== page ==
Any significant infusion of new ethnic strains into the Japanese population ceased in the eighth century, when the Ainu began to be absorbed into the country's dominant ethnic group. Out of an ethnic Japanese population of 121.7 million, less than 20 thousand Ainu survive as a culturally identifiable population group.
Japan is also highly unified in a religious context (Hunter 810). Although the country has no official state religion, approximately 108 million Japanese are adherents of Shintoism. Thus, approximately 88 percent of the Japanese population share the same religious orientation. Buddhism is not incompatible with Shintoism, and approximately 93 million Japanese practice Buddhism. Obviously, a significant overlap exists between the country's Shinto and Buddhist adherents. Rather than divide the country's population, however, the Shinto/Buddhist overlap further unifies the country. While a variety of folkways and accents are found in Japan, these differences are not causes of divisions within the population. A sharp division among the population along language lines, such as the division between Gaelic and English speakers in Britain, is not found in Japan.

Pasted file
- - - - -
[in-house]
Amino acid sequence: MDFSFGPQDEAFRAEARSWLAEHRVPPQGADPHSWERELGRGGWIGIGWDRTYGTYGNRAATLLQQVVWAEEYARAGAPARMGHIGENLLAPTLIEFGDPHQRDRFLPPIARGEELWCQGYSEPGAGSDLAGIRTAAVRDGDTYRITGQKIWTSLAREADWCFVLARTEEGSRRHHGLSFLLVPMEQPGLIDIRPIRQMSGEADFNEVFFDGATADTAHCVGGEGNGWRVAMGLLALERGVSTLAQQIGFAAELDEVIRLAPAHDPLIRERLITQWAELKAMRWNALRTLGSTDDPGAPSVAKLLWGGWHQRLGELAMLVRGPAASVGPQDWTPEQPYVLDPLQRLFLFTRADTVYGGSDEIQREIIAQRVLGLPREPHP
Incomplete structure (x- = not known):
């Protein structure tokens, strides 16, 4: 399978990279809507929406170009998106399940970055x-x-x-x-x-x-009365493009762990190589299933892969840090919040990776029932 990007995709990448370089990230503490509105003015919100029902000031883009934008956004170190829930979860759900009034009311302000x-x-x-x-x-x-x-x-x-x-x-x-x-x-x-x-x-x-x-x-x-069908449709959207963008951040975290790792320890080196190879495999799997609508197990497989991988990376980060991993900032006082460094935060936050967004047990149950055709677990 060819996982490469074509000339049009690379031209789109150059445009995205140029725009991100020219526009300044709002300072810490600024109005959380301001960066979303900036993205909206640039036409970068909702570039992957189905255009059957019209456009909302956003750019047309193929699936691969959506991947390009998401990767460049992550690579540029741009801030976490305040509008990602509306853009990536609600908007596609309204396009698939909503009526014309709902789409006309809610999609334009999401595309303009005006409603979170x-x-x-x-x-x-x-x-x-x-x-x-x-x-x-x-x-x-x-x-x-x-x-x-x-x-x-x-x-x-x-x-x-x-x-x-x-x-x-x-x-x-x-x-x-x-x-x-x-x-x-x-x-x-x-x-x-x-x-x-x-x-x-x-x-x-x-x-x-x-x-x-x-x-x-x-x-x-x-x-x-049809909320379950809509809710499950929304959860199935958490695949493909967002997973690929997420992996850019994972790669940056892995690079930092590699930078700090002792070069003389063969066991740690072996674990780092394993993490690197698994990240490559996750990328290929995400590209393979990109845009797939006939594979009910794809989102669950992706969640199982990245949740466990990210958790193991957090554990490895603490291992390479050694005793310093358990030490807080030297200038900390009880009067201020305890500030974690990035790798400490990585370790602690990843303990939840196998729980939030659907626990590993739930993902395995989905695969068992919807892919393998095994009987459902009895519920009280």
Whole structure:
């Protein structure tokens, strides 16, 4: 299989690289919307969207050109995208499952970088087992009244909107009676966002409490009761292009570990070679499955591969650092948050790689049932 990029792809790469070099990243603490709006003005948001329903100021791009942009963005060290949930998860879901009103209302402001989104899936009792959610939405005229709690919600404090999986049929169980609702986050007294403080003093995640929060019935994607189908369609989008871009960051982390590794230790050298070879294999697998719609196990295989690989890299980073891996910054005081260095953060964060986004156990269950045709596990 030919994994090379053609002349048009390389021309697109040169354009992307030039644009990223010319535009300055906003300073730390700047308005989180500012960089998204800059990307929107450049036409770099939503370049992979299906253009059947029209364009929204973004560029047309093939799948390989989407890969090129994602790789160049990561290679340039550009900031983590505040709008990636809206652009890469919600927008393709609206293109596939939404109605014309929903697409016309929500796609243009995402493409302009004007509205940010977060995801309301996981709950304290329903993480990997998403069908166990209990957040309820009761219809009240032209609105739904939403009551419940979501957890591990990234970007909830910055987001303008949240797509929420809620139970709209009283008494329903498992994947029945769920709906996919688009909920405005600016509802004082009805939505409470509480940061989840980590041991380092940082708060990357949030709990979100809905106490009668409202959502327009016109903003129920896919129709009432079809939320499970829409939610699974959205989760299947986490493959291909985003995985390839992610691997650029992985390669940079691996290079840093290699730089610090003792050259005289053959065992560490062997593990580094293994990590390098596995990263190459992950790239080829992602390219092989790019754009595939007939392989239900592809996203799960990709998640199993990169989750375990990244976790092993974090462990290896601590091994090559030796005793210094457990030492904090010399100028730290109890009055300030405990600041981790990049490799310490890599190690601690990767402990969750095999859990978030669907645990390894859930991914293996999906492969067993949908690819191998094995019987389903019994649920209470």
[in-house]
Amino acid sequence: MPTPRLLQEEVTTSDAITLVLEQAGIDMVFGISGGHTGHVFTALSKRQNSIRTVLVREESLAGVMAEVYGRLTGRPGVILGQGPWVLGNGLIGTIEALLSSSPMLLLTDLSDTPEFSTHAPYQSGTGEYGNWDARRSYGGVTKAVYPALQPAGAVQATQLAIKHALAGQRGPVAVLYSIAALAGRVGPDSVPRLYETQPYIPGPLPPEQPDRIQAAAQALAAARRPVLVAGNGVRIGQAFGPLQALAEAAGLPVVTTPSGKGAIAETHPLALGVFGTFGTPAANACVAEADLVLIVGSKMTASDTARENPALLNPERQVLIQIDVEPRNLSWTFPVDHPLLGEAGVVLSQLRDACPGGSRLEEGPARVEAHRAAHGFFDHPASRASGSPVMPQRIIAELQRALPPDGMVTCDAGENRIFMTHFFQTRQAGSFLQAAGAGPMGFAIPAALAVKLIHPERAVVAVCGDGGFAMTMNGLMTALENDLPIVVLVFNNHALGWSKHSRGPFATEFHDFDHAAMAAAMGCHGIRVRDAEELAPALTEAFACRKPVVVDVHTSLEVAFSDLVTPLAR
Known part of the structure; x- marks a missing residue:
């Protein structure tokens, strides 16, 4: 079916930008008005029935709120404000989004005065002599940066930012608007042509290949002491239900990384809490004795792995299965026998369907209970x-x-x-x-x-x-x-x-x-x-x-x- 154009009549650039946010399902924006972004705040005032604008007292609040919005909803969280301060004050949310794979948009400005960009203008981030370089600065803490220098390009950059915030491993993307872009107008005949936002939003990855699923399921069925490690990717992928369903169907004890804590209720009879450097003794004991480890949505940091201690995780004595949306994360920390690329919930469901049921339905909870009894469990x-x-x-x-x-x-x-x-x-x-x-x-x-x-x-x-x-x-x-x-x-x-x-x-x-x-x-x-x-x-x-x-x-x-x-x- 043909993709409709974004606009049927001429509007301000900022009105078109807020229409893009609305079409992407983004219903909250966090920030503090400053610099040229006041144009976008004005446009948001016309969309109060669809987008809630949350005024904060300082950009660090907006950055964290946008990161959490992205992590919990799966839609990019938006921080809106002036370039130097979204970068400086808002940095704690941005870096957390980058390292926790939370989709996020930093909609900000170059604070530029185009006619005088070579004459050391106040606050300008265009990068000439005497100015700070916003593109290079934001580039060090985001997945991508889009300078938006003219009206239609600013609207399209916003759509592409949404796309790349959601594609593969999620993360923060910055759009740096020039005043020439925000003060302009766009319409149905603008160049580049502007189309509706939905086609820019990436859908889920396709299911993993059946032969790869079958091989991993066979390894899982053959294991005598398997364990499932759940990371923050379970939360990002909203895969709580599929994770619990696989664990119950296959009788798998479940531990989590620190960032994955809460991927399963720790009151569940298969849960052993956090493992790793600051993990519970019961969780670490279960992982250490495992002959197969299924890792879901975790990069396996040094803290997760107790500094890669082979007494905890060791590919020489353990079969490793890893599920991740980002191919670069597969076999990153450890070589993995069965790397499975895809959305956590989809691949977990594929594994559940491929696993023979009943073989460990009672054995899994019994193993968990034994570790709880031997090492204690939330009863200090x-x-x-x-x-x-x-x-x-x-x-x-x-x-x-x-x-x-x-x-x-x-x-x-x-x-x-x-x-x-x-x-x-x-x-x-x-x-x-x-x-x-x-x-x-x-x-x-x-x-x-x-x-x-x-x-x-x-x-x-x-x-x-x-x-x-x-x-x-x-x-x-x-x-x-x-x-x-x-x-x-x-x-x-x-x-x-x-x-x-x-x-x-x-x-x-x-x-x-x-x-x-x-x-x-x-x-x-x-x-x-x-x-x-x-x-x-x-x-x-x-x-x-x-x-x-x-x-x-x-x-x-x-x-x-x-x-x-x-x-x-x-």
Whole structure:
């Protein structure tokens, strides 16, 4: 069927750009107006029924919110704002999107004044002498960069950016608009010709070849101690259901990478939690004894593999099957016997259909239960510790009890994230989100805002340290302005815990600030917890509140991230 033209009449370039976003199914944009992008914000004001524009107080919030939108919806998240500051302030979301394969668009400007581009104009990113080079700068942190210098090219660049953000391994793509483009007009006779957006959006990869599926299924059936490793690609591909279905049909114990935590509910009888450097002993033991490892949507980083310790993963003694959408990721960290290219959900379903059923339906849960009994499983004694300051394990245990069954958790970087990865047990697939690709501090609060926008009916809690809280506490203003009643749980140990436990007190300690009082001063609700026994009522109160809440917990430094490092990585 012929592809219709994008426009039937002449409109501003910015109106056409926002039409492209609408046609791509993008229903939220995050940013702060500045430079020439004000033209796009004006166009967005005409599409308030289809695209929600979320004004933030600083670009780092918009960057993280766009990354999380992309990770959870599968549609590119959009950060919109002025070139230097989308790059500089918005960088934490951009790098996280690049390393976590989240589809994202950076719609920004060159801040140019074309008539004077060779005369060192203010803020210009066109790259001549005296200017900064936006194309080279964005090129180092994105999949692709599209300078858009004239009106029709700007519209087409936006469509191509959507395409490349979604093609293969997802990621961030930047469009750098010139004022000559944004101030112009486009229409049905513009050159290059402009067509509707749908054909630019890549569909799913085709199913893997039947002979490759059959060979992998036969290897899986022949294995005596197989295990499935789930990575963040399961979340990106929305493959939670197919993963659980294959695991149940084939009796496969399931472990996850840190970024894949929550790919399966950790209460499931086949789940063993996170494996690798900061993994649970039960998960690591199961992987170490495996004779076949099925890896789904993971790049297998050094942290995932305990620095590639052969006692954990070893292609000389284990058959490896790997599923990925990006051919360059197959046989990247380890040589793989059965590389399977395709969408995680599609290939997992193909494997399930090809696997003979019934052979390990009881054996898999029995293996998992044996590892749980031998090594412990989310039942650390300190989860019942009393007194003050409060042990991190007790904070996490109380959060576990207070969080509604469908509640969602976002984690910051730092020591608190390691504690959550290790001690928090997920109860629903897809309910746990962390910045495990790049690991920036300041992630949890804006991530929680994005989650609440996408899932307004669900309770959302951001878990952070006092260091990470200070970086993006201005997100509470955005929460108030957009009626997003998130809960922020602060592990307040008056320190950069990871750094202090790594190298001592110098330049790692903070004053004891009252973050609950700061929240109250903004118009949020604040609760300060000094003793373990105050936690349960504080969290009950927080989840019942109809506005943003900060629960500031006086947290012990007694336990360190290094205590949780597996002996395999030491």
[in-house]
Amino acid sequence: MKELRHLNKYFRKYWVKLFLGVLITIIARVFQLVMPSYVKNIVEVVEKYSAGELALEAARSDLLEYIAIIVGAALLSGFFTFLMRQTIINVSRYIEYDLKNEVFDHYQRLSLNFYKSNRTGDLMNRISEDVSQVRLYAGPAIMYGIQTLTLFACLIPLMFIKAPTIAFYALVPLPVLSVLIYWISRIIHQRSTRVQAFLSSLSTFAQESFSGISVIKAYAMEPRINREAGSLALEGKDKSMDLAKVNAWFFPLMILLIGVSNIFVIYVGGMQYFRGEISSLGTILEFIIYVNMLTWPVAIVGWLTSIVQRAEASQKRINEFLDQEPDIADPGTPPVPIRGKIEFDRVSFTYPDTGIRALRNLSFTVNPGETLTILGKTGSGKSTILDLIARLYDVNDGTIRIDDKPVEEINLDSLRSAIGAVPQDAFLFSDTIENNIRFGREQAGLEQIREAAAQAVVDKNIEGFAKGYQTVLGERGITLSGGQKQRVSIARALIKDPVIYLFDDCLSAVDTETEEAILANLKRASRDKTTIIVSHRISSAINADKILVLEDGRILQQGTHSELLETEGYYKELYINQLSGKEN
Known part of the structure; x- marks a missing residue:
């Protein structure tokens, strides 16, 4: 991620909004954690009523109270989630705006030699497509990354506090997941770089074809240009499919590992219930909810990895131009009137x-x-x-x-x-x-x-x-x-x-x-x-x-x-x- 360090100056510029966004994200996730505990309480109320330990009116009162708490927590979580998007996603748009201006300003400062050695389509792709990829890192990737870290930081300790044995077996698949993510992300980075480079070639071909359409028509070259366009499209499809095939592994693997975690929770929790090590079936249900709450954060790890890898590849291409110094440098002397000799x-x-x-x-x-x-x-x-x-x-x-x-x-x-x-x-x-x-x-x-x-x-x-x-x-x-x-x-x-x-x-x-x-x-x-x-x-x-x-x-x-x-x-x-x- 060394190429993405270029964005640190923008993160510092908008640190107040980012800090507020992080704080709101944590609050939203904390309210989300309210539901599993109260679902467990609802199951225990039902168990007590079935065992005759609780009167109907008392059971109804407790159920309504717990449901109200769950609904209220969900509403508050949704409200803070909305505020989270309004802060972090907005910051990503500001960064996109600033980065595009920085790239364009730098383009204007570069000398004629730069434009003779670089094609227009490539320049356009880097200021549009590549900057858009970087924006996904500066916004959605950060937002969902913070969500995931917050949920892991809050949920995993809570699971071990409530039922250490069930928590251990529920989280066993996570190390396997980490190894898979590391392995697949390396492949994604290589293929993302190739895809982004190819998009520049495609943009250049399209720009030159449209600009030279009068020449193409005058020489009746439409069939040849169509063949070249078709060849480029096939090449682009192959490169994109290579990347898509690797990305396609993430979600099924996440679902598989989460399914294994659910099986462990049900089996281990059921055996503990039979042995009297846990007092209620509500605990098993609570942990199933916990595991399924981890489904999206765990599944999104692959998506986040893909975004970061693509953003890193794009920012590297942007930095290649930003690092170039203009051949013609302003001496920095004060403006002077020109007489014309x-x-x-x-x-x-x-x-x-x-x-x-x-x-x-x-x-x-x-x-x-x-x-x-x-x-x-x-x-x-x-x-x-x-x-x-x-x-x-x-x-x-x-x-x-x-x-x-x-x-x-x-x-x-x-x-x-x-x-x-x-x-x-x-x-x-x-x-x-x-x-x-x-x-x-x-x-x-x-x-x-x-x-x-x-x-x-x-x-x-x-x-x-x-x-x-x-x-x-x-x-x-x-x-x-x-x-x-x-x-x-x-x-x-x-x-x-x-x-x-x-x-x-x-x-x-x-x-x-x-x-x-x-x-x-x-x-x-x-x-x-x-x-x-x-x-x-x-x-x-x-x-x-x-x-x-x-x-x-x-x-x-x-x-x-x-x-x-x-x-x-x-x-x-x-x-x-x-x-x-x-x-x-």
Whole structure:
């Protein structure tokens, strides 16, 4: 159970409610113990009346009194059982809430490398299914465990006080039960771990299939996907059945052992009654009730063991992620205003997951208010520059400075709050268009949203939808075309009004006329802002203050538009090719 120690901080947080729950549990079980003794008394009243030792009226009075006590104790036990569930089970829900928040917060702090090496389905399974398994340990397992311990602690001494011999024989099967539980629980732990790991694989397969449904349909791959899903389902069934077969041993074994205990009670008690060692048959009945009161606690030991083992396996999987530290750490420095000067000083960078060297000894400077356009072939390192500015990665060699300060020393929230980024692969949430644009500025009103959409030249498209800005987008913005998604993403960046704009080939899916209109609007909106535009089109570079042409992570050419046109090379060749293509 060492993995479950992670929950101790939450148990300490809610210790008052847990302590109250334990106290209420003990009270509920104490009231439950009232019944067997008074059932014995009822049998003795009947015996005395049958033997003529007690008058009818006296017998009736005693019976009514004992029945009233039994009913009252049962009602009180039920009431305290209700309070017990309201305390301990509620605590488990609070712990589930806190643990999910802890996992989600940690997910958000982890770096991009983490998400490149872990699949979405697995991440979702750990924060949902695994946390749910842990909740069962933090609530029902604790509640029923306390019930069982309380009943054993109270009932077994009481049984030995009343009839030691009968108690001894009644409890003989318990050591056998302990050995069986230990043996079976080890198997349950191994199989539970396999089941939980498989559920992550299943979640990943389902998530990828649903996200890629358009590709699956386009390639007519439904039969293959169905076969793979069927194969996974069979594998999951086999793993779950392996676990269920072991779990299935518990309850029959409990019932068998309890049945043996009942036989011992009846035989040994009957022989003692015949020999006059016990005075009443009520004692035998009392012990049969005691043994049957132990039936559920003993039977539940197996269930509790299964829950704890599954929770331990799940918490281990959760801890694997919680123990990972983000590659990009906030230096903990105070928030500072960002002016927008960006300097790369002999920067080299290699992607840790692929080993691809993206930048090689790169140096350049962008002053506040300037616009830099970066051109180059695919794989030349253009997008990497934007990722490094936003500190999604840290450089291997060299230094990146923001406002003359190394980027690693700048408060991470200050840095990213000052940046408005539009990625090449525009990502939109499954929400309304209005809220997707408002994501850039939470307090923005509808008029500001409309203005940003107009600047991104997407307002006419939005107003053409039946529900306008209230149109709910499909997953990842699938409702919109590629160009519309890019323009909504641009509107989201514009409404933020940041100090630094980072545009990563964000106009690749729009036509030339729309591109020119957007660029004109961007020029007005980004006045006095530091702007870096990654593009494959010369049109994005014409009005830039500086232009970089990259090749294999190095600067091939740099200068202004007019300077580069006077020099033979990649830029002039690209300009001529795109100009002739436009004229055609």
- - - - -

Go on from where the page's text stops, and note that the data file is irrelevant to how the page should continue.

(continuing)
The "need to give direction to government is universal and persisting. Every country a must maintain political institutions that enable a small group of politicians to make authoritative decisions that are b